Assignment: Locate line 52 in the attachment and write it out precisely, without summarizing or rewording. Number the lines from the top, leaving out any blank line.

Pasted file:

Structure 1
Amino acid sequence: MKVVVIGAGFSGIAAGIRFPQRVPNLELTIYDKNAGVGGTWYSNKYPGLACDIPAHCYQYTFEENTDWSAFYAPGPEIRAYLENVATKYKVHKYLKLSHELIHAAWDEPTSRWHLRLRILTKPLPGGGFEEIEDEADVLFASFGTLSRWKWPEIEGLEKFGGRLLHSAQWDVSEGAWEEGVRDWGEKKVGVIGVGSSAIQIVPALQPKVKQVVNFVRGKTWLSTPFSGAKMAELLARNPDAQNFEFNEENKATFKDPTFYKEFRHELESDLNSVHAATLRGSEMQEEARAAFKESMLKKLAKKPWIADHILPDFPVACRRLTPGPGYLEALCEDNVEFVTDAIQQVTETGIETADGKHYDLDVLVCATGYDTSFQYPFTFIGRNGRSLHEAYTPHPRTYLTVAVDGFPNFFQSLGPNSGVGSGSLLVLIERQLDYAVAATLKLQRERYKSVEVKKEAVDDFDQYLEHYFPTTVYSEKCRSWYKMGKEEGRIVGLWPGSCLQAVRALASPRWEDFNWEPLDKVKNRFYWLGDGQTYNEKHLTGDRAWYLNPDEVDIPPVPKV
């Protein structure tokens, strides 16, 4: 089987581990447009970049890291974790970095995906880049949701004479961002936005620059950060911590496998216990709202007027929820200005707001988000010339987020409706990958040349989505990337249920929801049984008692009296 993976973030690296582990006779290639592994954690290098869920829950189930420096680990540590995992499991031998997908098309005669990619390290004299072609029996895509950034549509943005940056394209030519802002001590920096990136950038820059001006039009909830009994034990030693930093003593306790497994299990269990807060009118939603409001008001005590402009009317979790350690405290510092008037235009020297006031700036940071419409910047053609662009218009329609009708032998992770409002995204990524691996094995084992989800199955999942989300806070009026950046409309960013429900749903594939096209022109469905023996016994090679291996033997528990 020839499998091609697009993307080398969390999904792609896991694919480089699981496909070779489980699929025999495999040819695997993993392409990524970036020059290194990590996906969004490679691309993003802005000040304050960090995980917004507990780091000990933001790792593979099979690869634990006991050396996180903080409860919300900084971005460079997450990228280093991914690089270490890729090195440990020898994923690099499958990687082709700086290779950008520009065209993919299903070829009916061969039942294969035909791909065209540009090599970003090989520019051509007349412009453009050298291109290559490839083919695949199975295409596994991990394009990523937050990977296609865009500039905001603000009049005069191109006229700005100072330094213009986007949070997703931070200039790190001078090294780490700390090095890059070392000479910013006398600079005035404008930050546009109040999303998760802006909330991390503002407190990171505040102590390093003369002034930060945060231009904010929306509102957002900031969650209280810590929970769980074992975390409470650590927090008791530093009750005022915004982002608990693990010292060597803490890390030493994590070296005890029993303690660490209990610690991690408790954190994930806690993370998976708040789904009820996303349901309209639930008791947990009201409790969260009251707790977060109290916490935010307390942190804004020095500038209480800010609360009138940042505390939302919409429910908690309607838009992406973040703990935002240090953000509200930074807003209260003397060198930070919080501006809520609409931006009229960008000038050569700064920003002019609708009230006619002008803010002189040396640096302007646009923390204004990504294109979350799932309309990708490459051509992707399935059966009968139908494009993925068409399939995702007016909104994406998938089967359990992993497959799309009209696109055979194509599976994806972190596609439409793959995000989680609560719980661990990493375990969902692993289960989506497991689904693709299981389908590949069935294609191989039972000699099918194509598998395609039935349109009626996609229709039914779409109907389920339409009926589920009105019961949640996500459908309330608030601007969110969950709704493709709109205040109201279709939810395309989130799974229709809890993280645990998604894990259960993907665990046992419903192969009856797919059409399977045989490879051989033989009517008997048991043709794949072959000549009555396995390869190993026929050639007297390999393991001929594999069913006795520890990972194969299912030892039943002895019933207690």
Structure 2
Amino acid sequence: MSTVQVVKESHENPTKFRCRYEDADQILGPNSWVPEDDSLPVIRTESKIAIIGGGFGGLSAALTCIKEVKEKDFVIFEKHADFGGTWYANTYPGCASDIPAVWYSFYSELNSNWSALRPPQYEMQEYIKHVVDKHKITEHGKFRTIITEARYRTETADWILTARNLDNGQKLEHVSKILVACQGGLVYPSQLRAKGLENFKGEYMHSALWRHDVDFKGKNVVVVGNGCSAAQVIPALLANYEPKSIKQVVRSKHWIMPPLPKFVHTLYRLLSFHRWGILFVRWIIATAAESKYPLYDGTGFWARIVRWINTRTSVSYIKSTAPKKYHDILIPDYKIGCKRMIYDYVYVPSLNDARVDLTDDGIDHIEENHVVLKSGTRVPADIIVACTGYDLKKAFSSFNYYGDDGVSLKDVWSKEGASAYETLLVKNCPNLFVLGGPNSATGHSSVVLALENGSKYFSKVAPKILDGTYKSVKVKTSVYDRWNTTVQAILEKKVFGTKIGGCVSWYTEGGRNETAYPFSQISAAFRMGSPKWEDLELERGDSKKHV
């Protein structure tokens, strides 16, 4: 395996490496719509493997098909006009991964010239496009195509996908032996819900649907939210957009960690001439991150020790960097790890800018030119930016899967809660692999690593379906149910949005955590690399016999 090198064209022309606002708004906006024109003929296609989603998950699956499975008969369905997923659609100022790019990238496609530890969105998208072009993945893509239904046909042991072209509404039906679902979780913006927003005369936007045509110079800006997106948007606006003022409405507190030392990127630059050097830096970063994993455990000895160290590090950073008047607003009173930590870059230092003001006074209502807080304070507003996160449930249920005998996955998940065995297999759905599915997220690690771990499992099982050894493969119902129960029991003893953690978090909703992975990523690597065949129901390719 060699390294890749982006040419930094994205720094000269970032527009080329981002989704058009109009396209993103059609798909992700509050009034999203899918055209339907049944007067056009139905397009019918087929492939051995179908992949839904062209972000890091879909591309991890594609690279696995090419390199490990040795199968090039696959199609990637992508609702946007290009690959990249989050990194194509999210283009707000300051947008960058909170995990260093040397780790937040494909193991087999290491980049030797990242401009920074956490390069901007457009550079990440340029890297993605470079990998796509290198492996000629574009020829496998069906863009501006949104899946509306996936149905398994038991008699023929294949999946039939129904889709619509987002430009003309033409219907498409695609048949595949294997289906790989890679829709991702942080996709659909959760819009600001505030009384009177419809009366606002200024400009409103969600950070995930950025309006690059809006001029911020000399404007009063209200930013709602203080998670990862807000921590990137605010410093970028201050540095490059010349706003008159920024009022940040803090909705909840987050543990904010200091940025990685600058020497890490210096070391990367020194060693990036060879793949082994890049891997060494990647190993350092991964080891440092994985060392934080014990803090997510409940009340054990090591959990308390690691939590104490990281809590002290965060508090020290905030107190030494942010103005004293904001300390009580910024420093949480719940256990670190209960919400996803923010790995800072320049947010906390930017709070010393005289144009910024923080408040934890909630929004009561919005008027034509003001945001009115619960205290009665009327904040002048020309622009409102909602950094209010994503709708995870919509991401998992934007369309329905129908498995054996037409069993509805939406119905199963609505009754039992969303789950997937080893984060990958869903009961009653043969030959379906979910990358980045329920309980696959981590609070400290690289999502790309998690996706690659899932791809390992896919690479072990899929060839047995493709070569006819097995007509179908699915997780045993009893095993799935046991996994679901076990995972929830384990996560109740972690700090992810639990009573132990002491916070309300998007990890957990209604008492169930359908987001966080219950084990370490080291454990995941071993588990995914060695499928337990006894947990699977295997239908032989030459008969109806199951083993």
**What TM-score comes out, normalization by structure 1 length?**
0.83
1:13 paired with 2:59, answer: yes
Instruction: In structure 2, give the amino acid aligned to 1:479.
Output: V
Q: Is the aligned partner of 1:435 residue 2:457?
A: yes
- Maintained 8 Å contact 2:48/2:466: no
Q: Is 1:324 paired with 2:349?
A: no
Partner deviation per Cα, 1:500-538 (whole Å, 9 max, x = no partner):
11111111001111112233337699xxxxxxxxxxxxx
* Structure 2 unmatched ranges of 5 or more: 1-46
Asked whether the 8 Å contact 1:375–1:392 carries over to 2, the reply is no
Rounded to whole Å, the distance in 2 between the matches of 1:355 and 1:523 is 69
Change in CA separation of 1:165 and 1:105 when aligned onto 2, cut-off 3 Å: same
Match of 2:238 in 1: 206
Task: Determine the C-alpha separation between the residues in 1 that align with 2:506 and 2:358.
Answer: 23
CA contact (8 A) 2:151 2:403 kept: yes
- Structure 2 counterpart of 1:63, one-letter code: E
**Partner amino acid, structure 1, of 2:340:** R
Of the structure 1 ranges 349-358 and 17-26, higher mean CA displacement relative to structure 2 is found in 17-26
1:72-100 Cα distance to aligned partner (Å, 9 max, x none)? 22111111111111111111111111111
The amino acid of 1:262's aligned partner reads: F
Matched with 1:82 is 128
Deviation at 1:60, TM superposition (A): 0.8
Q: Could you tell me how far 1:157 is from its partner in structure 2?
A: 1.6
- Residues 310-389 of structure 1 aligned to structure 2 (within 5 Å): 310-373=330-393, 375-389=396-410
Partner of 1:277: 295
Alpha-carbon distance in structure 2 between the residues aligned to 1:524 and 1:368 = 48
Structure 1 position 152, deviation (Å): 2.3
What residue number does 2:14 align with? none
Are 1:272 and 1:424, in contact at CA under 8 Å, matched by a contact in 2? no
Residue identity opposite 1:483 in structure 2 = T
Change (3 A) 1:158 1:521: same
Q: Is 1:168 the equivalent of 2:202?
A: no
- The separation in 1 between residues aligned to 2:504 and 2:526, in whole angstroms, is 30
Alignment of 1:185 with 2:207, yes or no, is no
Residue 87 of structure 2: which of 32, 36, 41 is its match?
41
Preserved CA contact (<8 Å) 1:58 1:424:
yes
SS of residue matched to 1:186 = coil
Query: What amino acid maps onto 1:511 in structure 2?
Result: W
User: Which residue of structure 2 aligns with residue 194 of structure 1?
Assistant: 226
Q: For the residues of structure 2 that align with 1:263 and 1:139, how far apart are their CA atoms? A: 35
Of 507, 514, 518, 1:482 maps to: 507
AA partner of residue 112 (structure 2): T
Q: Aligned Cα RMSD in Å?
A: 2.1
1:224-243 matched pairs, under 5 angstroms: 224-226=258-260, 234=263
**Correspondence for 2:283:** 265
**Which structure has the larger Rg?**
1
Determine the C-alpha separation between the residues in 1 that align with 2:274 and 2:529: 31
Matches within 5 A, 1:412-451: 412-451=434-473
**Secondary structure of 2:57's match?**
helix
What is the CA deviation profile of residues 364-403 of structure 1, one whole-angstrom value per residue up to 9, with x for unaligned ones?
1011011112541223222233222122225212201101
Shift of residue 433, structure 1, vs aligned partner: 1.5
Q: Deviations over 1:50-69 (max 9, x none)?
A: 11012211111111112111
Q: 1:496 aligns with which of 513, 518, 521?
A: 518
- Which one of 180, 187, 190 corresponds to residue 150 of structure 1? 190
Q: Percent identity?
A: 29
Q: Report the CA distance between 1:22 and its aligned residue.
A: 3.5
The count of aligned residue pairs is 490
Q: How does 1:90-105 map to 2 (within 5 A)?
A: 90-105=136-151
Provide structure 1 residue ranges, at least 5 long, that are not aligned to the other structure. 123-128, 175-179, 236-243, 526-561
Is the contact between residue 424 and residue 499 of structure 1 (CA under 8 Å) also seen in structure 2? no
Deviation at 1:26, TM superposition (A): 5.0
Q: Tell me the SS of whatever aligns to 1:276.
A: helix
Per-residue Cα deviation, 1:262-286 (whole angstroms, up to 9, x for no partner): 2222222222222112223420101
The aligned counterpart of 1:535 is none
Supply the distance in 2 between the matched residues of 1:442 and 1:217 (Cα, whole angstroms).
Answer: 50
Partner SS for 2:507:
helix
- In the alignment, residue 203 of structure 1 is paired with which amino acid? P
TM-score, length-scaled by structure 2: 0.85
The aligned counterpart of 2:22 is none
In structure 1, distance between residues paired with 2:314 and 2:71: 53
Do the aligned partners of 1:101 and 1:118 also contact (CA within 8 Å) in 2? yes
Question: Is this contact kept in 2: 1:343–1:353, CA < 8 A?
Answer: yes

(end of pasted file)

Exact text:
SS of residue matched to 1:186 = coil